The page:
Advertising

‘Love what you do and do what you love’ might sound a bit cliché but it is so true. This is beneficial to our mental health as proved by science. Passionate dream chasers dedicate most of their time to the things they value and spend less time on things that are less important. Just like what Emma Stone, the Oscar-winning actress, does along her road to Oscar. So determined was she that she dropped out of high school and went for a career in acting, which she valued much more. Probably when she acts, her brain releases those chemicals which make her feel the pleasure and motivate her. And that’s why we can see her wearing a big smile on the Oscar night.

What we can do is to follow our hearts and do whatever we like. That’s what our brains tell us to do.

Reference

More by this author

Sheba Leung

Translator. Sport lover. Traveler.

The Only Guide You Need for the Best Movies to Watch How to Get Your Great Ideas Heard with Just One Page of Proposal Everything Is Neutral, Whether It’s Good Or Bad Is Attached To What You Think How I Rewired My Brain to Think Like a Designer and Unlock My Creativity Rejection Is No Longer Painful If We Look at It Differently

Trending in Brain

1 7 Simple Brain Training Habits to Boost Your Brain Power 2 How to Increase Brain Power, Boost Memory and Become 10X Smarter 3 15 Effortless Memorization Tricks To Remember Anything 4 How to Think Smart (If You Think You’re Not Smart Enough) 5 10 Ways to Unlock Your Mind Power to Be More Successful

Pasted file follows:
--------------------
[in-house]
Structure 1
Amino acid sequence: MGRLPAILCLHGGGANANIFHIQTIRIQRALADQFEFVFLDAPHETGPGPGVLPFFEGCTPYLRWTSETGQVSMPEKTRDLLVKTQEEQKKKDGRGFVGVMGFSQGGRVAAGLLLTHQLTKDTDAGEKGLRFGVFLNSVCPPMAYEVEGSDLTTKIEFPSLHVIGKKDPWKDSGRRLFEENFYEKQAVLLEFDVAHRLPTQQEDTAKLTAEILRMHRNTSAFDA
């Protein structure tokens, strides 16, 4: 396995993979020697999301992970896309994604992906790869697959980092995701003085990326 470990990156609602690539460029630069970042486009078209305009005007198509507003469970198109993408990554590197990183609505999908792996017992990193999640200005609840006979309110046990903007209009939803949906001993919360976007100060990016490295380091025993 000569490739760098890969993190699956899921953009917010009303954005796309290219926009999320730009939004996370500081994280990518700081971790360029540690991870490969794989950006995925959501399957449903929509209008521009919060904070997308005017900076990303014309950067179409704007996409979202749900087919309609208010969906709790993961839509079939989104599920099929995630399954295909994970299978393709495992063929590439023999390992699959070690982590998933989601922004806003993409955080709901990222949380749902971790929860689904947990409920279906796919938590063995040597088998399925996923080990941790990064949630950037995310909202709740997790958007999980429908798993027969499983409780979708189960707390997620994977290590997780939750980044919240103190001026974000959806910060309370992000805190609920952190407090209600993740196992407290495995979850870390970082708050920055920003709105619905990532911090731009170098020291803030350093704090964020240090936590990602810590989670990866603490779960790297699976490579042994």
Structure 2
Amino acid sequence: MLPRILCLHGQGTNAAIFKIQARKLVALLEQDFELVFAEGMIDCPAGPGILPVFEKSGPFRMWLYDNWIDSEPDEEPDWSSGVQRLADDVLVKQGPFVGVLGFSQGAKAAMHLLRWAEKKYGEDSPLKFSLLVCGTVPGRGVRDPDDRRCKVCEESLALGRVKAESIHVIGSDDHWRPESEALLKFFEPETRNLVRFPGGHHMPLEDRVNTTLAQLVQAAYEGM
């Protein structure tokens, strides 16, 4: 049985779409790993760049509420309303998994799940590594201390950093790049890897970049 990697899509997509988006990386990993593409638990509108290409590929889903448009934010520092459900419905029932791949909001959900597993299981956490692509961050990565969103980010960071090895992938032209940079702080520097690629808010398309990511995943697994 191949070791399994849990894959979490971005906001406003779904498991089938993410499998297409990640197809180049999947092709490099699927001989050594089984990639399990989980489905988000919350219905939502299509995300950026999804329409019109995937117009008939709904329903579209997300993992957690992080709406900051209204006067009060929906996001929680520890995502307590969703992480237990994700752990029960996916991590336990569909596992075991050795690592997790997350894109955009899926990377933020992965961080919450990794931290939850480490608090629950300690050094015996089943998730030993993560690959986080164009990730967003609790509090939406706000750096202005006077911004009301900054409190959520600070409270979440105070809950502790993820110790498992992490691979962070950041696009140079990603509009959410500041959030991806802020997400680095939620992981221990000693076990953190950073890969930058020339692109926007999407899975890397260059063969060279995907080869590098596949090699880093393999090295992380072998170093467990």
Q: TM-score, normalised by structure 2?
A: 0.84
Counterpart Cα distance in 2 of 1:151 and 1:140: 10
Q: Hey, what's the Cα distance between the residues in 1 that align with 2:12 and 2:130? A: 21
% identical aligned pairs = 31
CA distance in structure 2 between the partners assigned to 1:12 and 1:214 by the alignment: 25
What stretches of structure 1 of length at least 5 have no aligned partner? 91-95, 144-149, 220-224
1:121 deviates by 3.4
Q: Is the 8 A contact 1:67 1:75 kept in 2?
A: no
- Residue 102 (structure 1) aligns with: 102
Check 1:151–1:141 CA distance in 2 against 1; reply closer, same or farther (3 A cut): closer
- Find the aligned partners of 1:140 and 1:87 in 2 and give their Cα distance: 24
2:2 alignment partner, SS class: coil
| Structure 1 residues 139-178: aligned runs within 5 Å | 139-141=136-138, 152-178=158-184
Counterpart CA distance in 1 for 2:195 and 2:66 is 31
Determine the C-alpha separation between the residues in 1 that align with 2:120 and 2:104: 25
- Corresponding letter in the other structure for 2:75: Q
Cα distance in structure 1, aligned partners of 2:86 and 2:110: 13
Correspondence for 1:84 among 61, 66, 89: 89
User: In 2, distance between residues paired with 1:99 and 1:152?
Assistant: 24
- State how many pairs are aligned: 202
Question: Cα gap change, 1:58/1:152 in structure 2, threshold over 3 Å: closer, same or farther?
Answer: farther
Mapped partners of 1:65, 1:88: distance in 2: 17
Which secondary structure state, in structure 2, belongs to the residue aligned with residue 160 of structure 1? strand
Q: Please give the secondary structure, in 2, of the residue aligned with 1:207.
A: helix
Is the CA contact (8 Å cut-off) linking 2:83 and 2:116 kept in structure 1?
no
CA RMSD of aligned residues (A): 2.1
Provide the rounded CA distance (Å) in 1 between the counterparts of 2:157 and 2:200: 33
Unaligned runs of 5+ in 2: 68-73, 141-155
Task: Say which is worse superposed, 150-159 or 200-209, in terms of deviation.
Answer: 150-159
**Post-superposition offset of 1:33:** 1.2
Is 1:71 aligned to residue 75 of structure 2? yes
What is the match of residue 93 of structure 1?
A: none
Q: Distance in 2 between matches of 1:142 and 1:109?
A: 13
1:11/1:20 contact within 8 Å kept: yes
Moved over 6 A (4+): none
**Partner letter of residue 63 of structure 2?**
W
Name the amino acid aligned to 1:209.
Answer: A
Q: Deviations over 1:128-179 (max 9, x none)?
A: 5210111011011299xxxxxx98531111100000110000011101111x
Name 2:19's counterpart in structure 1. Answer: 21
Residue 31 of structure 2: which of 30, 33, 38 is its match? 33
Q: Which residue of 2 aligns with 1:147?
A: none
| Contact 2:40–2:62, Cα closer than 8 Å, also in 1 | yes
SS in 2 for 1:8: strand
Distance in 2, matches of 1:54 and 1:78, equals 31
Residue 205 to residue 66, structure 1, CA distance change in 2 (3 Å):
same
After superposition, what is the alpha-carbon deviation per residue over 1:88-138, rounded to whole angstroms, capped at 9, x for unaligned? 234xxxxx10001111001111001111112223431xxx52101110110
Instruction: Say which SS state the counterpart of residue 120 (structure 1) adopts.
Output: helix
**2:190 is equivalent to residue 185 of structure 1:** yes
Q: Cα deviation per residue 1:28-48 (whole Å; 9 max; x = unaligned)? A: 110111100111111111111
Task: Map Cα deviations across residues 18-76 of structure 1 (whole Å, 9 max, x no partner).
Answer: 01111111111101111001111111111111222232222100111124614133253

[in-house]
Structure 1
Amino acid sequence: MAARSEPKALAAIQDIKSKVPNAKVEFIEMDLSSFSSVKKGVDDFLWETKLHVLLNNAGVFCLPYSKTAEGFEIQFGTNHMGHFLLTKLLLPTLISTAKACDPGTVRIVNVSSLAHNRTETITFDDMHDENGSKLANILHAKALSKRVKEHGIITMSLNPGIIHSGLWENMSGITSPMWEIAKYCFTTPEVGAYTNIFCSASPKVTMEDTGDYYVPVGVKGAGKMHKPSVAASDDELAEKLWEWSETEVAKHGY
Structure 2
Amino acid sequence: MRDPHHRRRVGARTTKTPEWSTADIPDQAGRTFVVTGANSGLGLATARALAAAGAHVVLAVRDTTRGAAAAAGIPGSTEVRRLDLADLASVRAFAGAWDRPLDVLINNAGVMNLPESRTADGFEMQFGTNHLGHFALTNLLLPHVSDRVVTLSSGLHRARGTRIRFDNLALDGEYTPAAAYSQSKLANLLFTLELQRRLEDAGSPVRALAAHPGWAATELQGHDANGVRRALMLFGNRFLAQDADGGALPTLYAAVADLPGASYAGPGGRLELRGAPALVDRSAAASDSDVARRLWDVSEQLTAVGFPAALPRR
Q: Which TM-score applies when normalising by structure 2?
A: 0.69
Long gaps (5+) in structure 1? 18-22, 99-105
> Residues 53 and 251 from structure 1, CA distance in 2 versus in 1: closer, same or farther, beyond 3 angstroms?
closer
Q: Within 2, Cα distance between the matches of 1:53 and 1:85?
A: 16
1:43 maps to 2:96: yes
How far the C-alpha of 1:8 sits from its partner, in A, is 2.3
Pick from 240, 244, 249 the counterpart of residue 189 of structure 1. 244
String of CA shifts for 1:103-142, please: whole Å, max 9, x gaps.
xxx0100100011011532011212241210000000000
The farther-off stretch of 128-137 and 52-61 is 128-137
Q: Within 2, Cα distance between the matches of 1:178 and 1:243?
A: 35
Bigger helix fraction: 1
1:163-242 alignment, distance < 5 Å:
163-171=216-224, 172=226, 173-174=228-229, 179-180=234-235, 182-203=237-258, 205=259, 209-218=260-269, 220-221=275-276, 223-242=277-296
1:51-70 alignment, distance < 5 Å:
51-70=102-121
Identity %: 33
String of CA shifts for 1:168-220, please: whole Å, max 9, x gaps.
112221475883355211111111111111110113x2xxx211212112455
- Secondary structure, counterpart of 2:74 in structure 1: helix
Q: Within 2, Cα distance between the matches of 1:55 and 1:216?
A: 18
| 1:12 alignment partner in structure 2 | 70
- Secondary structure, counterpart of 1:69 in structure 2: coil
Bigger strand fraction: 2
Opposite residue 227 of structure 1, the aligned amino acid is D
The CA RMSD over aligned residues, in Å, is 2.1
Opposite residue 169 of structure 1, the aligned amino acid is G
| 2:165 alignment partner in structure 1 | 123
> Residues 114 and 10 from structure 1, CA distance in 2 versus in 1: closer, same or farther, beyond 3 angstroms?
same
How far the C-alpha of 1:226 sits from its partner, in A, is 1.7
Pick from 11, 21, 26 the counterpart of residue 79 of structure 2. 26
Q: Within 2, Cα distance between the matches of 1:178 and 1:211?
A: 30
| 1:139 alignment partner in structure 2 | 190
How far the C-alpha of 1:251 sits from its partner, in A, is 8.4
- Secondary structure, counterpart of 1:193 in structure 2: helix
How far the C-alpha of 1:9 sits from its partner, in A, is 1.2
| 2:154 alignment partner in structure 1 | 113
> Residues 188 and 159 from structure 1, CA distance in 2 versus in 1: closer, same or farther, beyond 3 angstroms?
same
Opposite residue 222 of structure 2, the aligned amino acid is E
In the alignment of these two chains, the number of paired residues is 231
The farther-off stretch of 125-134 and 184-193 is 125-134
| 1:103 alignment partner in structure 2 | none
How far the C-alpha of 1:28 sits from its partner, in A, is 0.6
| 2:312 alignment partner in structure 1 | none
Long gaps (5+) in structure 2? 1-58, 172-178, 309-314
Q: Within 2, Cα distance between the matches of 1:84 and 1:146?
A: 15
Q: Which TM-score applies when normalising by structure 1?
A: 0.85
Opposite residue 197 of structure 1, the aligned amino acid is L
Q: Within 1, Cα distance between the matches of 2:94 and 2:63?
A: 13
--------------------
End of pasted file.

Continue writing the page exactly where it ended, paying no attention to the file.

Read Next

Advertising
Advertising
Advertising

Last Updated on January 13, 2020

7 Simple Brain Training Habits to Boost Your Brain Power

7 Simple Brain Training Habits to Boost Your Brain Power

Throughout the ages, there have been many beliefs in various tricks to boosting brain power, yet when held up to scientific scrutiny, most of these beliefs don’t add up.

When I was a child, for example, my mother told me if I ate fish it would make me more intelligent. Of course, there’s no scientific proof this is true.

Today, there is a myriad of games you can download to your phone that claims to improve your brain’s cognitive skills. While we are still waiting for a conclusive scientific verdict on these, recent studies by neuroscientists at Western University in Ontario[1] and researchers from the University of Pennsylvania in Philadelphia appear to contradict these claims.[2]

So, how can we really boost our brain power? Well, it turns out there are a number of simple things you can do that will improve the function of your brain. Here are seven to get you started.

1. Do Your Most Difficult Tasks in the Morning

Our brains work at their best when they are fresh and energized after a good night’s sleep.

If you have a task to do that requires a lot of thought and focus, the best time to do that task would be first thing in the morning when your brain is at its freshest.